I’m always excited to find a follow-up to a story I’ve written about here before. Unfortunately, I don’t think that’s happened too often. Could be because this is only my 63rd post, but I’m not one to point fingers. In any case, we have a follow-up on a subject that I’m particularly happy to report on.
I don’t want to go bald. I have friends that are bald. They can rock it. I’d look really weird. And I don’t think I could ever find a workable hair piece either. Yikes.
Luckily, I may not have to worry much longer. Dr. George Cotsarelis’ research team at the University of Pennsylvania published their discovery of a molecule that blocks hair growth, and thus a therapeutic target for baldness, in the March issue of Science Translational Medicine.
Previously, I shared a story about the discovery of stem cells in the scalp responsible for making the hair grow. That research discovered that these cells were still functional in balding people, but something had caused them to stop doing their job – leading to hair loss.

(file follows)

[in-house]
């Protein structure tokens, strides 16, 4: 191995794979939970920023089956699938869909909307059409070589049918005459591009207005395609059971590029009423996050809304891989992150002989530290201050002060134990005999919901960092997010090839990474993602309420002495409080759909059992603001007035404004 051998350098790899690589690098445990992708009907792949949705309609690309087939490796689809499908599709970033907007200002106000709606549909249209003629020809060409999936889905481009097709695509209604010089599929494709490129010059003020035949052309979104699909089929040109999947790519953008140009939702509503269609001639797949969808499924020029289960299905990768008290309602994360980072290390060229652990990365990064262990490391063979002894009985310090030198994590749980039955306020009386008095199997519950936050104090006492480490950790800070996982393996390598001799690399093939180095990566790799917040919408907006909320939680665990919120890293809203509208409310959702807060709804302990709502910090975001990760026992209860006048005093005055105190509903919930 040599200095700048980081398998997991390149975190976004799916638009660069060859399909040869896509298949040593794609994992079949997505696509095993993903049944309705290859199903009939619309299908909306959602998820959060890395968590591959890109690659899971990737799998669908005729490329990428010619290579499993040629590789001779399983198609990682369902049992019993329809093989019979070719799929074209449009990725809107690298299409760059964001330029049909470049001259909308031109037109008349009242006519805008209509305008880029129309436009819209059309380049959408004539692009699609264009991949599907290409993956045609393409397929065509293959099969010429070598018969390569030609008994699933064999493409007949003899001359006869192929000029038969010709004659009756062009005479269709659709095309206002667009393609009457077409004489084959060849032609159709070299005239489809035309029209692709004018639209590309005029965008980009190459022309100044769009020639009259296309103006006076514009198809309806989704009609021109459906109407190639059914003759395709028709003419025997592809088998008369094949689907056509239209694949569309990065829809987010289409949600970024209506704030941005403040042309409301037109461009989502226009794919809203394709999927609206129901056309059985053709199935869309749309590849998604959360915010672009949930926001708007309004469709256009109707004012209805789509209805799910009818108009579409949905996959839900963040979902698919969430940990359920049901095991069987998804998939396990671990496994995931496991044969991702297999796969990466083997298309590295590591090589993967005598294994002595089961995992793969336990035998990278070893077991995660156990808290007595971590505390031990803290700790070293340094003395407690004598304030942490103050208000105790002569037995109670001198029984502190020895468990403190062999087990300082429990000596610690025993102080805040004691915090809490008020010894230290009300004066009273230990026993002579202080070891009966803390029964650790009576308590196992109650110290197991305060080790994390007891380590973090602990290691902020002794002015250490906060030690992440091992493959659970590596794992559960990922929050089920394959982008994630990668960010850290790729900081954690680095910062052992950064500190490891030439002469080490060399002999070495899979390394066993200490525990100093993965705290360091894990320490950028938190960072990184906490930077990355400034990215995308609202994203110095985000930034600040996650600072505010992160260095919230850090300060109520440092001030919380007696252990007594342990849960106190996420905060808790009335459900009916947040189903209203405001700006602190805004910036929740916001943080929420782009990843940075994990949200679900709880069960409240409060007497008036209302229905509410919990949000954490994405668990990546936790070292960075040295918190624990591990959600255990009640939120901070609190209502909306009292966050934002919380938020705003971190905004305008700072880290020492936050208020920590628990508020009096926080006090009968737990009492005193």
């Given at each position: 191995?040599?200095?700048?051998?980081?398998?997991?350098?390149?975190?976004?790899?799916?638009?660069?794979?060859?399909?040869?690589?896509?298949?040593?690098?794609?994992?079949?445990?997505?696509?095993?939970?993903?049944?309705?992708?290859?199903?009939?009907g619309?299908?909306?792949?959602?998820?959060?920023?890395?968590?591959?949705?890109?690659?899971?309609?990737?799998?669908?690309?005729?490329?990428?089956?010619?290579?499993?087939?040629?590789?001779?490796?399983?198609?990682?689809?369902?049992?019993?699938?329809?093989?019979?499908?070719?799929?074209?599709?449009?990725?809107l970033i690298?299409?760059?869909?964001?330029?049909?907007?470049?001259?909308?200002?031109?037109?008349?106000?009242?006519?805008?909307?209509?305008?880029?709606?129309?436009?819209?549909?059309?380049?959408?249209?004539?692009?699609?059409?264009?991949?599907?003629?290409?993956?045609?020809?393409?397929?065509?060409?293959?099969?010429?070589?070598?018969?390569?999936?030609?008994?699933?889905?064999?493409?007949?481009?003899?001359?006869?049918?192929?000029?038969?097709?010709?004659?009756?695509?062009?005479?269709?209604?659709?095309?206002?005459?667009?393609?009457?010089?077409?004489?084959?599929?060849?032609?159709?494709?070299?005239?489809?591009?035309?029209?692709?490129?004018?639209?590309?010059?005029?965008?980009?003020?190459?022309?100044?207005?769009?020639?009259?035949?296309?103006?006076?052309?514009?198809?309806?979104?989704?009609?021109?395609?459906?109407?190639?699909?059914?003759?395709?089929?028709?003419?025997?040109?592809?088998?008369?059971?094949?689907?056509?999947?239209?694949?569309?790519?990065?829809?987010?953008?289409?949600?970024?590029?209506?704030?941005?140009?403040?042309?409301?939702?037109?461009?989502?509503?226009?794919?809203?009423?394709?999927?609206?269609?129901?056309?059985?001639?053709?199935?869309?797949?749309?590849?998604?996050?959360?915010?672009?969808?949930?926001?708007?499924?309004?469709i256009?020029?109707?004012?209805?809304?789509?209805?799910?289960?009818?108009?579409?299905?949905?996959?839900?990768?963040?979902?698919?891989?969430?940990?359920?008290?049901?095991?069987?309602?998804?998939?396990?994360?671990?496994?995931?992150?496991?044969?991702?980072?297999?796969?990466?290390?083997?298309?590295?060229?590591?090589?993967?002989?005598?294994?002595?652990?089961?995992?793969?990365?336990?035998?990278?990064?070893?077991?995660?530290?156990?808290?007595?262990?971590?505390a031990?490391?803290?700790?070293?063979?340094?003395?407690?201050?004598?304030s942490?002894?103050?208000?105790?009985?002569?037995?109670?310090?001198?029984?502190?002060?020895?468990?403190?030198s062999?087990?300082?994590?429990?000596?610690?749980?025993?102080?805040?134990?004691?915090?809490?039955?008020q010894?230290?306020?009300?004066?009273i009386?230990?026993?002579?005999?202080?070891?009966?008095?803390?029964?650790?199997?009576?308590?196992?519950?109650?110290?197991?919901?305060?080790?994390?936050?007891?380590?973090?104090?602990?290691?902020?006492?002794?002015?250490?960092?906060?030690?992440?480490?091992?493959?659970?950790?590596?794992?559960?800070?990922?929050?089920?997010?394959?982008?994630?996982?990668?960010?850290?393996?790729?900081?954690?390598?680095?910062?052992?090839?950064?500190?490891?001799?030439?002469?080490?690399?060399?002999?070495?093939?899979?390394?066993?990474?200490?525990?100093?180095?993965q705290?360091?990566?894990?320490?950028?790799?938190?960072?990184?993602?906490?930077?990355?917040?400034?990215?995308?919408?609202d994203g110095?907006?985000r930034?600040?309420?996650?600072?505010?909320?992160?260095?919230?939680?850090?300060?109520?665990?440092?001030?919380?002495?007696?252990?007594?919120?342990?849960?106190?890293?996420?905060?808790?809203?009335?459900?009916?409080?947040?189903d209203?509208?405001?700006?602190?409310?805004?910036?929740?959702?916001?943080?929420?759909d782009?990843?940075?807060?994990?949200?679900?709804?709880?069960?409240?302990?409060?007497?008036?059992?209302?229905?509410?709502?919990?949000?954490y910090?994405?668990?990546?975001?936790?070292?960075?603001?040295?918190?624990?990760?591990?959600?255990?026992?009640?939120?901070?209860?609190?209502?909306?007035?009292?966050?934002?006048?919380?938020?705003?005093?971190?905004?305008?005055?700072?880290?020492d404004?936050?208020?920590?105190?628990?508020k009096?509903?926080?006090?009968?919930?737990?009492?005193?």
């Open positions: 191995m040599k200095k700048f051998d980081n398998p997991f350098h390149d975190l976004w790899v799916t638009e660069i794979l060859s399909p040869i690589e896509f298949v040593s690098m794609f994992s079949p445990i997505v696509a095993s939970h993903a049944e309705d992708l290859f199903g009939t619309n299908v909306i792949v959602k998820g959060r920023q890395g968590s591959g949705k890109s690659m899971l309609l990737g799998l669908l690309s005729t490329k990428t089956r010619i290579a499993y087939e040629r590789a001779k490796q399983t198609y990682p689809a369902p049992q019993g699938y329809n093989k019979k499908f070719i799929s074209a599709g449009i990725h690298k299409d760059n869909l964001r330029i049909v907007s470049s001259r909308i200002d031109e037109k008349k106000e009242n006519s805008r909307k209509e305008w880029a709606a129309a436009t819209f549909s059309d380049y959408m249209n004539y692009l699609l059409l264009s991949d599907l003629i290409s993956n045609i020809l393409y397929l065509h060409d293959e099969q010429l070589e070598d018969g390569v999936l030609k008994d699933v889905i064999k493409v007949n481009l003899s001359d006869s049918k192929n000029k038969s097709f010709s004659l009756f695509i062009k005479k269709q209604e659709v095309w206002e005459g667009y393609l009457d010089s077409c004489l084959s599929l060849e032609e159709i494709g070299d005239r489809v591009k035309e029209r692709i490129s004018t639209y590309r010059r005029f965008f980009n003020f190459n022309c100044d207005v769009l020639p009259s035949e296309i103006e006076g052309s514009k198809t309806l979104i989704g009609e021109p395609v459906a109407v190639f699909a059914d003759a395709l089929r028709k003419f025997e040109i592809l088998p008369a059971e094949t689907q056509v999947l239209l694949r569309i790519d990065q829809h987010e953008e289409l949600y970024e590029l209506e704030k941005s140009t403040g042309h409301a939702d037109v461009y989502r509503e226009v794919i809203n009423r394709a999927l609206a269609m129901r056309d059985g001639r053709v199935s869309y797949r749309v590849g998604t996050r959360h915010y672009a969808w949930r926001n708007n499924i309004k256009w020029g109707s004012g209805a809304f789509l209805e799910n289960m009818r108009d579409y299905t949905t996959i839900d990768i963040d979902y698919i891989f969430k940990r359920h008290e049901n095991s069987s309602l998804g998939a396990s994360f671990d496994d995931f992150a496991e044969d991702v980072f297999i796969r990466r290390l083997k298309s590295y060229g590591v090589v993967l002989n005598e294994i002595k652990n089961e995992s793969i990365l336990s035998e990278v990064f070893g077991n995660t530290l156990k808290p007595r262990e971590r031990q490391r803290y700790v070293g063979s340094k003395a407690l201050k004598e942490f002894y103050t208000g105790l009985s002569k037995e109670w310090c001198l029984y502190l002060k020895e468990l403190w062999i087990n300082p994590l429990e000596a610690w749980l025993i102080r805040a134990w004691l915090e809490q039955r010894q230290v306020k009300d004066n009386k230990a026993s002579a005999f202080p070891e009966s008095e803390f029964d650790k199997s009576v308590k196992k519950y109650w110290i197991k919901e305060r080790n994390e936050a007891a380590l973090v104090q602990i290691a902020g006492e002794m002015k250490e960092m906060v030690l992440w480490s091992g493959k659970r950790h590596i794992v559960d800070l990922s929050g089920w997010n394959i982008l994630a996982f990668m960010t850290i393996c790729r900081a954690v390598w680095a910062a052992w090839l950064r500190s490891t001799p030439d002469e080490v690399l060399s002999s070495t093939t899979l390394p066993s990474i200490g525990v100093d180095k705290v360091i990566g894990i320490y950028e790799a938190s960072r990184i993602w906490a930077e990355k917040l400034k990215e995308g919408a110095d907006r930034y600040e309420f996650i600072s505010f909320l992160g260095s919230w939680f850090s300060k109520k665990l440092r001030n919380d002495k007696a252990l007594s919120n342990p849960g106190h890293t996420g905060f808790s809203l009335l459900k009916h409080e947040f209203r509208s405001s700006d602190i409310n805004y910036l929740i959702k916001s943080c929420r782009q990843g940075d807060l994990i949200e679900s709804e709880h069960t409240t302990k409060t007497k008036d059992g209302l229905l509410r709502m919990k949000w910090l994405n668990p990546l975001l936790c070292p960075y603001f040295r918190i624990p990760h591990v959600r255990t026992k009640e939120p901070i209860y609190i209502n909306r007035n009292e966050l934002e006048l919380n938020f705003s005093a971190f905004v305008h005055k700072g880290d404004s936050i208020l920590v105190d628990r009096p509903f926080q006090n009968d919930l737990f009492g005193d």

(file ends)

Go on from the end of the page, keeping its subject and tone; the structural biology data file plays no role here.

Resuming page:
This research team found the culprit. They looked at scalp samples from balding and non-bald spots on men with male-pattern baldness. In the balding spots, a molecule called PGD2 was found at levels up to 3 times as high as non-balding spots.
It appears as though this molecule is acting as an inhibitor of hair growth. Could be responsible for blocking the hair stem cells from working. When they added PGD2 to cultured hair cells, it seriously blocked their growth.
Now things get interesting. Scientists know the receptor that recognizes this molecule and thus allows it to inhibit hair growth. Drugs could be designed to block the function of this receptor. Theoretically, we could then negative the inhibitor and restore hair growth.
And then….”Balding – You’re Fired!” I couldn’t resist.
Thanks & Gig ‘Em.